Canyon Expedition Metaphor

There’s this thing that I do with new people; especially those in authority positions. If I like a person, because thus far, they’ve continuously treated me like a human being and have not reacted badly to some of my stranger quirks, then there is a new phase that I often move into in regards to that particular person.

It’s almost like a form of regression actually. It seems that my level of social skills regresses back to the point that they were at about 5 to 8 years ago. For me, that would put my age of behavior around the ages of 15-18. And remember, aspies are usually 3-4 years behind in social development/awareness when compared with similarly aged peers. So that puts my social skills level back at the ages of about 12-15. I’m 23. Think about that; having the social skills of a normally developing 12 year old is not a good thing.

I’ve seen this happen time and time again, but this is the first time that I’ve ever taken the opportunity to analyze it.

It’s not something I do on purpose. I wouldn’t do this to myself on purpose.

I think it’s a leftover subconscious defense mechanism from my younger years. It’s almost a form of “testing one’s boundaries,” because that’s what I’m basically doing: testing the limits. Only in this case, I’m testing the limits of their patience.

Let me explain it like this:

  1. I meet someone new in an authority position that I have interactions with.
  2. Despite their better judgements (joking!), they treat me like a human being and don’t make mention of any of my stranger quirks.
  3. So I relax? Wrong. I tense up. I fear. What’ll I do the day that I inadvertently say something wrong and they reject me?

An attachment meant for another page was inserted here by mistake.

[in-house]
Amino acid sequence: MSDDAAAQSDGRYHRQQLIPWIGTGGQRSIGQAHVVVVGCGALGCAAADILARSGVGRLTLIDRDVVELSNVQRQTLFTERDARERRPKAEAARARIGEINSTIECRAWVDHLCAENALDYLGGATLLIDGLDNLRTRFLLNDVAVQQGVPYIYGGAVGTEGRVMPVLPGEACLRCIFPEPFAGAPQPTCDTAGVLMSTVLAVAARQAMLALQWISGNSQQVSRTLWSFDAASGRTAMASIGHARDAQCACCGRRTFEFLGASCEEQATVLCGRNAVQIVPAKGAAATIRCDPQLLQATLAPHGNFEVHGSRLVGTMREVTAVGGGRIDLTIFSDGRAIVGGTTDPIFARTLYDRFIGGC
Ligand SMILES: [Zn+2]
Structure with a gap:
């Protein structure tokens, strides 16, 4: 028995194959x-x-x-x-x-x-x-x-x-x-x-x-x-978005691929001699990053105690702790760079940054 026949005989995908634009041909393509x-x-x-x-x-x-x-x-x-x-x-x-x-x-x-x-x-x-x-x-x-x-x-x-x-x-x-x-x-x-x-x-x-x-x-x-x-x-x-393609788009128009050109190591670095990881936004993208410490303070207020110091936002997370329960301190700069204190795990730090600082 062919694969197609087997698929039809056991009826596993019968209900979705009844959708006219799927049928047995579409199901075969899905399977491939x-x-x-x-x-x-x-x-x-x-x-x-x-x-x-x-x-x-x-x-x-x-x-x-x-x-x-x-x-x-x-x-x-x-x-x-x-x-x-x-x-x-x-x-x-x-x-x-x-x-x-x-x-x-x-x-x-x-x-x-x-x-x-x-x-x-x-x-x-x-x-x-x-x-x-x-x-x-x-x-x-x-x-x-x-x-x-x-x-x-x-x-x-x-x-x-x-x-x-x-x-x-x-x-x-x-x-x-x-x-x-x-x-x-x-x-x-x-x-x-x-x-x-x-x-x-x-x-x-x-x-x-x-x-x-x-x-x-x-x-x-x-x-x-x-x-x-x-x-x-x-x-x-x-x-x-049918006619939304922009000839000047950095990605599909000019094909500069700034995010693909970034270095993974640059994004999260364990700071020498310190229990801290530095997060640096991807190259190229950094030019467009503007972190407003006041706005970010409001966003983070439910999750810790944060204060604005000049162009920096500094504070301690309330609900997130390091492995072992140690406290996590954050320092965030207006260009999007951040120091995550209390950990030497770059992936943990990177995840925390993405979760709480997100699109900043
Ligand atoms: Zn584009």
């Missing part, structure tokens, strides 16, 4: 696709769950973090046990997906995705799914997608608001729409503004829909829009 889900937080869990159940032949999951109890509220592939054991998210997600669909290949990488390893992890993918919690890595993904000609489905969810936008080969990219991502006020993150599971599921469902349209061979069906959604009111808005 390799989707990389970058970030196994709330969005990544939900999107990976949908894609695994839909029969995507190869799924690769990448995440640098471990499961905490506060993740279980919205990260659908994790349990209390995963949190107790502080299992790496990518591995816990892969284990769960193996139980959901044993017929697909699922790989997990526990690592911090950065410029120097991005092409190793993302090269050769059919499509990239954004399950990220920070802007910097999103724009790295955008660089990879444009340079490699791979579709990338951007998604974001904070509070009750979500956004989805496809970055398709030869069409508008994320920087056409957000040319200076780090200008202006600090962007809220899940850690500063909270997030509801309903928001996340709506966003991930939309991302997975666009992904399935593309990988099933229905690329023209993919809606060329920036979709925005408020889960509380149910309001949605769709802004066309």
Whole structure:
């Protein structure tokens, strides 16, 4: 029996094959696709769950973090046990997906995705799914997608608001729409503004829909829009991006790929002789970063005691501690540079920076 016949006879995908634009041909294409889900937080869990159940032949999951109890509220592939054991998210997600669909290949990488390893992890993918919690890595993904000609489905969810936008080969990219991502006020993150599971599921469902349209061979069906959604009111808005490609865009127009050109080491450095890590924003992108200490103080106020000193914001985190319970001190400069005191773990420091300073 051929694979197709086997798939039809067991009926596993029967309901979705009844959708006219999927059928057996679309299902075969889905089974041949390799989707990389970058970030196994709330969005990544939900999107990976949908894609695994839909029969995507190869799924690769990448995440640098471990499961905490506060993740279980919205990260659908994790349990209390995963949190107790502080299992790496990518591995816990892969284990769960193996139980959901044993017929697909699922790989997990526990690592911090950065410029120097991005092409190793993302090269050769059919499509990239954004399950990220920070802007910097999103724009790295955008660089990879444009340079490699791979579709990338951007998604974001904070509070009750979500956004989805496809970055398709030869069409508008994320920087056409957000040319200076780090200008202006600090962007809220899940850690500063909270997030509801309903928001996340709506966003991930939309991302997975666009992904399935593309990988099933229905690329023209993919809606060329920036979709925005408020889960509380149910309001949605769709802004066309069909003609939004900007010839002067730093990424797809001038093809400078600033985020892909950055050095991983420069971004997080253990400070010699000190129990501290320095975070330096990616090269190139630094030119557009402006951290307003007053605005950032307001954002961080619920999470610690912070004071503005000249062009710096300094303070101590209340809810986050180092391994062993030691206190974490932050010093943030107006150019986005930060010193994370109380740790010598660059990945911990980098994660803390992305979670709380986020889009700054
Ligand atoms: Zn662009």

4. Thus, I have to test them. I have let them experience me at my worst.
  5. If they still treat me like a human being that they seem to like, then they pass the test.
  6. And THEN I relax and my behavior reverts to its normal mostly mature, semi-acceptable state.
  7. If they fail in some manner, then I never fully relax in their presence. This causes me to exist in an imbalanced state switching randomly between two extremes where I’m either fully involved in the situation, or I’m almost completely withdrawn. The first extreme causes me to get in trouble once more with that person, leading to the withdrawn state. The first state doesn’t exactly happen all at once, but it happens as I forget to be uptight, and keeps going until I reach that unknown, unrevealed level where I piss the authority figure off inadvertantly, and we start the entire process over again. When I don’t know my limits exactly, I can’t spot myself getting close to the edge, and am therefore unable to keep from falling off.
  8. When the person allows me to test the boundaries, and therefore passes the test, it’s as though I have been sent out into the wilderness next to the Grand Canyon at night, with a flashlight and many new batteries, to explore at my leisure. I map the area out with my own map skills and memory tricks and I understand for myself where the danger spots are.
  9. When I’m not allowed to test the boundaries, it’s as though I am in that first scenario, but without the extra batteries and with only an hour or two to explore the entire area. As a result, I rush about, I don’t take detailed notes, I miss things and I fall down a lot onto sharp and thorny things. This of course leads me to get into danger situations, spilling me down into the dark depths of near complete failure; making me afraid to move at all, to try at all, or to explore or try anything around me.
  10. The more times I make a stupid mistake or talk about something too long accidentally, or fail to end a conversation at its appropriate conclusion, and the person in question responds by not freaking out or by not making a big deal out of it, then I find myself that much closer to relaxing . . . which leads to clearer thought and a generally less rushed approach to all things experienced; meaning that I don’t have to say everything I think at once for fear that this is the last time you’re going to let me talk to you.